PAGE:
Fruit Tooth

by Sarah Murphy

When I was a student, I would sit in coffee shops for hours. I turned up with a laptop and books but never really did any work, just sat and listened, and snacked, hoping that I looked vaguely mysterious rather than what I actually was: catastrophically lonely. I’d normally bring snacks so that I didn’t have to spend money on extortionate café food. These were normally crisps or biscuits – I’ve never had a ghost of regard for healthy eating – but one day, for whatever silly reason, I ended up in Café Nero with a packet of blueberries and a box of dates. Now let me say, once and for all, that I have never been one for spontaneity. Not really. I love spontaneity in theory, but in reality I am a try-hard, a planner, a nervous rabbit, really, self-consciously moulding myself by the second, wondering if this jumper makes me look like someone who reads Maggie Nelson. But on this occasion, with actions that felt entirely pure and extemporary, I began improvising stuffed dates with the pile of blueberries, taking out the stones and collecting them in a Tupperware box, gently prising the seams of the dates until they opened up just a quarter of themselves. I stopped watching myself and concentrated intensely on fruit instead.

In the film Amélie, the original manic pixie dream girl before manic pixie dream girls became annoying Kirsten Dunst replicas with secret trust funds, the title character famously eats raspberries off her fingertips. (Oh, the French filmmaker’s talent for giving any experience a sensual slant.) Now, let’s acknowledge a few key problems with this casual consumption of raspberries. One: none of us have the time to make a habit of eating raspberries off our fingers, no matter how endearing it looks. Like, not on a day to day basis. We have meetings to attend, for heaven’s sake, and trains to catch. And besides, raspberries are a luxury, often priced at over £2 for a pack of tiny, ephemeral fruitlets. But sometimes, most likely on a Sunday, I’ll buy a box of raspberries and allow myself the affectation of choosing a dark pink crown for every finger, kissing them off one by one, sweet-sour bursts passed from fingertip to the tip of the tongue. Raspberries are designed so ergonomically, aren’t they? There are some fruits which are commonplace and uncomplicated but the raspberry is not one of them. There’s something Elizabethan about a raspberry, that fat crochet of pink pearls, that hollowed cluster, a finger-sized groove without a stone or pip inside it.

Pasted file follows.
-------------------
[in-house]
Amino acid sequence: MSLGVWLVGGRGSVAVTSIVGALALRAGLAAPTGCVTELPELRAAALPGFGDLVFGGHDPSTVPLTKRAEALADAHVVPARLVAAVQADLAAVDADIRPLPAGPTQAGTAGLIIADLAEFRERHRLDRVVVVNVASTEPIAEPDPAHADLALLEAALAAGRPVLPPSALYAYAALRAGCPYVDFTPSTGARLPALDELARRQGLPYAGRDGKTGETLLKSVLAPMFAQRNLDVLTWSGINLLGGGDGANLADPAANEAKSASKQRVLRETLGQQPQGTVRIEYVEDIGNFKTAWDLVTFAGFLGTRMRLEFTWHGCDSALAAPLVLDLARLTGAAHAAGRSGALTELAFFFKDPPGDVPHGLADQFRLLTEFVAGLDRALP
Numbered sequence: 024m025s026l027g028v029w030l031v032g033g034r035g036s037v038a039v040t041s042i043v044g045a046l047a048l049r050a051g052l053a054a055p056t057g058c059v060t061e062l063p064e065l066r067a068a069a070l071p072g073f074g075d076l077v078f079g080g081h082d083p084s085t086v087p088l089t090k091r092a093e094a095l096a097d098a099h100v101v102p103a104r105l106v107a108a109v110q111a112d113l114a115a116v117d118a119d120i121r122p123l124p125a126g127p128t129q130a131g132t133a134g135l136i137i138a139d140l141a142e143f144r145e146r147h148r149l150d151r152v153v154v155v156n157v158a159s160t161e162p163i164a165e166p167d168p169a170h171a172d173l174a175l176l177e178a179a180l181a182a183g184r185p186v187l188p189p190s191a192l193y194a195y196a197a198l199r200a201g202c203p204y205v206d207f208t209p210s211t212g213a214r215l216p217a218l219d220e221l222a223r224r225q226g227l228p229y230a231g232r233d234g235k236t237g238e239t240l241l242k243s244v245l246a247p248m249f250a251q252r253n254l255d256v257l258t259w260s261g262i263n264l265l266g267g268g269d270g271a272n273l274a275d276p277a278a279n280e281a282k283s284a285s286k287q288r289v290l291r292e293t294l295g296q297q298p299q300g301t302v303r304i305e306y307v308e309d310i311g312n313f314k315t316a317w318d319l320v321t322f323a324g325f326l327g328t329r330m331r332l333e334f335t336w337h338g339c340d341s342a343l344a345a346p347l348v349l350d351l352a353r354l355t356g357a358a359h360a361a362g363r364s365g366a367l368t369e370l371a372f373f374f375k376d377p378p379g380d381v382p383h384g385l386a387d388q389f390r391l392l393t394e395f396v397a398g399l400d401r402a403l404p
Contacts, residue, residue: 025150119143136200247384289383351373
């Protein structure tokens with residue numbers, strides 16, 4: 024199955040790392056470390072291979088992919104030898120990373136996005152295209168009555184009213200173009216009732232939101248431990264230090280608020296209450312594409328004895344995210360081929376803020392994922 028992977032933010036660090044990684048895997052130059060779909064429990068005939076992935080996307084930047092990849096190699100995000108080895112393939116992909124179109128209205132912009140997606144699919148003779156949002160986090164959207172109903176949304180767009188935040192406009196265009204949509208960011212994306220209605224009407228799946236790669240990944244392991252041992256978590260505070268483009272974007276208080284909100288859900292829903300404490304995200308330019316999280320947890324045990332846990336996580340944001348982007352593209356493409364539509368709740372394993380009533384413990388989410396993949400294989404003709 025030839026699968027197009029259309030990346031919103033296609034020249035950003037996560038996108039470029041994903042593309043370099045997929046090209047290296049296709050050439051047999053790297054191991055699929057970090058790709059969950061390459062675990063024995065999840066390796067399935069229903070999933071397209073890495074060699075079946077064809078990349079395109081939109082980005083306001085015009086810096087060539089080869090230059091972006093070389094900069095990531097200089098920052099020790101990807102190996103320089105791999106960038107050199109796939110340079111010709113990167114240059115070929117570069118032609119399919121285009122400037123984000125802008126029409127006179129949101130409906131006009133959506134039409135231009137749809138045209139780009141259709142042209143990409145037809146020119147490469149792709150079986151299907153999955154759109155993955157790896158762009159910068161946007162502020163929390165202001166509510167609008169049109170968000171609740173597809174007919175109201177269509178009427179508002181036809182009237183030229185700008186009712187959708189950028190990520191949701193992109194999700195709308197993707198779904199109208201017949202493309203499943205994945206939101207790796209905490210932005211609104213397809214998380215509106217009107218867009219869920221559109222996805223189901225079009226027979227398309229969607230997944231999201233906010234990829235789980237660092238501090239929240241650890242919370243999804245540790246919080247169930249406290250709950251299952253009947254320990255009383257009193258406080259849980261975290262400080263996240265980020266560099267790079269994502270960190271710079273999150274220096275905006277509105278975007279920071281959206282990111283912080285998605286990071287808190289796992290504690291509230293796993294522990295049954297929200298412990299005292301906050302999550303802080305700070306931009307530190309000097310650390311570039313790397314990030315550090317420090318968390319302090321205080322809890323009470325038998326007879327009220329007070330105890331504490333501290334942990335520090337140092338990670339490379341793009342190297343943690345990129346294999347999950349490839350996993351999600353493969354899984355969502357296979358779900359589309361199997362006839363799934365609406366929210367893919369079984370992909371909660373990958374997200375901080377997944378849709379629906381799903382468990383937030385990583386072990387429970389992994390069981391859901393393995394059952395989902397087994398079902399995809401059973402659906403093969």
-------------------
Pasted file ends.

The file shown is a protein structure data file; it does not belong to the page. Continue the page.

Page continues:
At the end of a restless week in London in late spring, spent sleeping on a stranger’s couch for reasons I won’t describe, I used my last pound coins to get the overground train to Hampstead Heath. The minute I alighted to the platform, I was suddenly aware of the collective sense of calm and satisfaction, deep and hushed as settled snow. The clue was in the filmy white plastic bags that I saw every other person carrying, semi-transparent so that if you got close enough you could make out the outline of a watermelon slice or guava. The presence of a fresh fruit market draws people out of themselves, like if the stone fauns on a fountain suddenly came to life. It was nearly the start of summer. What other time do people in England feel free enough to buy single slices of fruit? It seems to me that fruit for the hell of it, for reasons of desperate joy, is very important, even if this realisation comes in an affluent leafy suburb of London the morning after a night of heavy rain. 

As for summer in Croatia, it’s hot enough there for wild figs to grow freely on trees. So naturally, when we went to Croatia, all we ate was figs. We couldn’t afford proper accommodation so we were sleeping in a borrowed tent in a campsite that cost £1.50 a day. The nights were far too hot to actually use the tent, so after hours of tossing and turning and slapping at mosquito scratches on our skin, we’d drag our sleep-deprived selves out to the open and sleep on sun loungers. When we awakened, our bodies sticky from day-old sun cream lotion, we’d go in search of breakfast: those tender purple baubles. Fig juice running down our arms, fig thorns caught in the hair on our shins. This post has gone on for too long now, just like this winter. It’s been an impossible January in a climate that’s never going to be warm enough to grow figs, and I am world-wrecked, and dreaming of fresh fruit, cheeks wet with morning dew. But for now I will be content with baking their tinned counterparts into a pie, but not actually, just in my head and for the purposes of a more poetic ending, because really I have no idea how to roll shortcrust pastry and have long suspected my oven to be broken.

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